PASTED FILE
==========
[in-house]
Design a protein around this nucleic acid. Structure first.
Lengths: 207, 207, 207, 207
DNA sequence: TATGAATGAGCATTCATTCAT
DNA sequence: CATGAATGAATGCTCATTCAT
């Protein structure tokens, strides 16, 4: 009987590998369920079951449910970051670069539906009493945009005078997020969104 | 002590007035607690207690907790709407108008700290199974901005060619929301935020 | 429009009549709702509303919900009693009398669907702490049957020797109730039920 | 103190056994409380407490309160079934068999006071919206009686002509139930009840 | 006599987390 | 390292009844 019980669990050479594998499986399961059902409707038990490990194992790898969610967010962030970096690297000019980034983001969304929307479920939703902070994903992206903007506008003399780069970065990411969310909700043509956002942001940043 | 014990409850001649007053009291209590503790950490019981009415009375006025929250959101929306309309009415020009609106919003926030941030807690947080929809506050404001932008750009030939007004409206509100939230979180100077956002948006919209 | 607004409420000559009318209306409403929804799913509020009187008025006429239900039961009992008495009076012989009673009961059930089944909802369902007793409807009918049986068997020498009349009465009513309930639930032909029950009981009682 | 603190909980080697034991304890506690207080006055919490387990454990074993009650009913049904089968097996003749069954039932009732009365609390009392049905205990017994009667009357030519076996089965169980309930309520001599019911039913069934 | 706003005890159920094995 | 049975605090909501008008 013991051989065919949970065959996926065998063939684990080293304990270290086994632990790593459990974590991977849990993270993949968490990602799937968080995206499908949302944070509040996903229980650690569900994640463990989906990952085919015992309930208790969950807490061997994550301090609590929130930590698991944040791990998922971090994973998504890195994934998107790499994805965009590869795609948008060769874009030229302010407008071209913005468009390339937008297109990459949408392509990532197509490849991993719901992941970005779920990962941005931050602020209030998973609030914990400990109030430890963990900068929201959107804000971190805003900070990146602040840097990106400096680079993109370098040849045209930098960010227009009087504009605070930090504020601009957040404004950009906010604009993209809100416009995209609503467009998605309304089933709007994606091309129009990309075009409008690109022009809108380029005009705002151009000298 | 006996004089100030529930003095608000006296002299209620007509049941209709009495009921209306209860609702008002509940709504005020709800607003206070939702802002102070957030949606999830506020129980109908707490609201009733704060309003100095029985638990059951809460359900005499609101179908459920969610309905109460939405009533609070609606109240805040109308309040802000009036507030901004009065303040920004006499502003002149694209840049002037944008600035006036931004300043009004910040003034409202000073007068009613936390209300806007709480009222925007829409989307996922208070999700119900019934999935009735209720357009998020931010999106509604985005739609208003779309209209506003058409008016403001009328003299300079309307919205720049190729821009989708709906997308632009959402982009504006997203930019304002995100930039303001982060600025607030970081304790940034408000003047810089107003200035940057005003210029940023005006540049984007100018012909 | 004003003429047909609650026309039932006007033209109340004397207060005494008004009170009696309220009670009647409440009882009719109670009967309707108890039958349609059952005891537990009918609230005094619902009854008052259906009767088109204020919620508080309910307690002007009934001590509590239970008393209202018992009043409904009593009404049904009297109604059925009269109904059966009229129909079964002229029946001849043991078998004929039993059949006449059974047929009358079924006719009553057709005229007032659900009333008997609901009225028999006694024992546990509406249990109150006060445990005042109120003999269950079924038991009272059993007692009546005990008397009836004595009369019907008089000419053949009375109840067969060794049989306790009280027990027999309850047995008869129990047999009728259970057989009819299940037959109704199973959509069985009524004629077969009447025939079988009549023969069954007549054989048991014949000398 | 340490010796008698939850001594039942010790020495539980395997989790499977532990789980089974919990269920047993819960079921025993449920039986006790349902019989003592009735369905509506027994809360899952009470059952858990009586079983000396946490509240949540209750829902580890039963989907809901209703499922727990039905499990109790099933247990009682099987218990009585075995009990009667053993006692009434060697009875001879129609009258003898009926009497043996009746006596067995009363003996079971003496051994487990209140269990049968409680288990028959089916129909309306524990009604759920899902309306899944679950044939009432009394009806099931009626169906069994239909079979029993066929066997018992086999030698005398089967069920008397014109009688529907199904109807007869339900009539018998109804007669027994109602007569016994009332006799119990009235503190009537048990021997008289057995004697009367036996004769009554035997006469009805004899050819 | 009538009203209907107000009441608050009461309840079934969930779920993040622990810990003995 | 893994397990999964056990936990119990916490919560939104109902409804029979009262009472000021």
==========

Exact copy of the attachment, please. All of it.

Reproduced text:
[in-house]
Design a protein around this nucleic acid. Structure first.
Lengths: 207, 207, 207, 207
DNA sequence: TATGAATGAGCATTCATTCAT
DNA sequence: CATGAATGAATGCTCATTCAT
């Protein structure tokens, strides 16, 4: 009987590998369920079951449910970051670069539906009493945009005078997020969104 | 002590007035607690207690907790709407108008700290199974901005060619929301935020 | 429009009549709702509303919900009693009398669907702490049957020797109730039920 | 103190056994409380407490309160079934068999006071919206009686002509139930009840 | 006599987390 | 390292009844 019980669990050479594998499986399961059902409707038990490990194992790898969610967010962030970096690297000019980034983001969304929307479920939703902070994903992206903007506008003399780069970065990411969310909700043509956002942001940043 | 014990409850001649007053009291209590503790950490019981009415009375006025929250959101929306309309009415020009609106919003926030941030807690947080929809506050404001932008750009030939007004409206509100939230979180100077956002948006919209 | 607004409420000559009318209306409403929804799913509020009187008025006429239900039961009992008495009076012989009673009961059930089944909802369902007793409807009918049986068997020498009349009465009513309930639930032909029950009981009682 | 603190909980080697034991304890506690207080006055919490387990454990074993009650009913049904089968097996003749069954039932009732009365609390009392049905205990017994009667009357030519076996089965169980309930309520001599019911039913069934 | 706003005890159920094995 | 049975605090909501008008 013991051989065919949970065959996926065998063939684990080293304990270290086994632990790593459990974590991977849990993270993949968490990602799937968080995206499908949302944070509040996903229980650690569900994640463990989906990952085919015992309930208790969950807490061997994550301090609590929130930590698991944040791990998922971090994973998504890195994934998107790499994805965009590869795609948008060769874009030229302010407008071209913005468009390339937008297109990459949408392509990532197509490849991993719901992941970005779920990962941005931050602020209030998973609030914990400990109030430890963990900068929201959107804000971190805003900070990146602040840097990106400096680079993109370098040849045209930098960010227009009087504009605070930090504020601009957040404004950009906010604009993209809100416009995209609503467009998605309304089933709007994606091309129009990309075009409008690109022009809108380029005009705002151009000298 | 006996004089100030529930003095608000006296002299209620007509049941209709009495009921209306209860609702008002509940709504005020709800607003206070939702802002102070957030949606999830506020129980109908707490609201009733704060309003100095029985638990059951809460359900005499609101179908459920969610309905109460939405009533609070609606109240805040109308309040802000009036507030901004009065303040920004006499502003002149694209840049002037944008600035006036931004300043009004910040003034409202000073007068009613936390209300806007709480009222925007829409989307996922208070999700119900019934999935009735209720357009998020931010999106509604985005739609208003779309209209506003058409008016403001009328003299300079309307919205720049190729821009989708709906997308632009959402982009504006997203930019304002995100930039303001982060600025607030970081304790940034408000003047810089107003200035940057005003210029940023005006540049984007100018012909 | 004003003429047909609650026309039932006007033209109340004397207060005494008004009170009696309220009670009647409440009882009719109670009967309707108890039958349609059952005891537990009918609230005094619902009854008052259906009767088109204020919620508080309910307690002007009934001590509590239970008393209202018992009043409904009593009404049904009297109604059925009269109904059966009229129909079964002229029946001849043991078998004929039993059949006449059974047929009358079924006719009553057709005229007032659900009333008997609901009225028999006694024992546990509406249990109150006060445990005042109120003999269950079924038991009272059993007692009546005990008397009836004595009369019907008089000419053949009375109840067969060794049989306790009280027990027999309850047995008869129990047999009728259970057989009819299940037959109704199973959509069985009524004629077969009447025939079988009549023969069954007549054989048991014949000398 | 340490010796008698939850001594039942010790020495539980395997989790499977532990789980089974919990269920047993819960079921025993449920039986006790349902019989003592009735369905509506027994809360899952009470059952858990009586079983000396946490509240949540209750829902580890039963989907809901209703499922727990039905499990109790099933247990009682099987218990009585075995009990009667053993006692009434060697009875001879129609009258003898009926009497043996009746006596067995009363003996079971003496051994487990209140269990049968409680288990028959089916129909309306524990009604759920899902309306899944679950044939009432009394009806099931009626169906069994239909079979029993066929066997018992086999030698005398089967069920008397014109009688529907199904109807007869339900009539018998109804007669027994109602007569016994009332006799119990009235503190009537048990021997008289057995004697009367036996004769009554035997006469009805004899050819 | 009538009203209907107000009441608050009461309840079934969930779920993040622990810990003995 | 893994397990999964056990936990119990916490919560939104109902409804029979009262009472000021």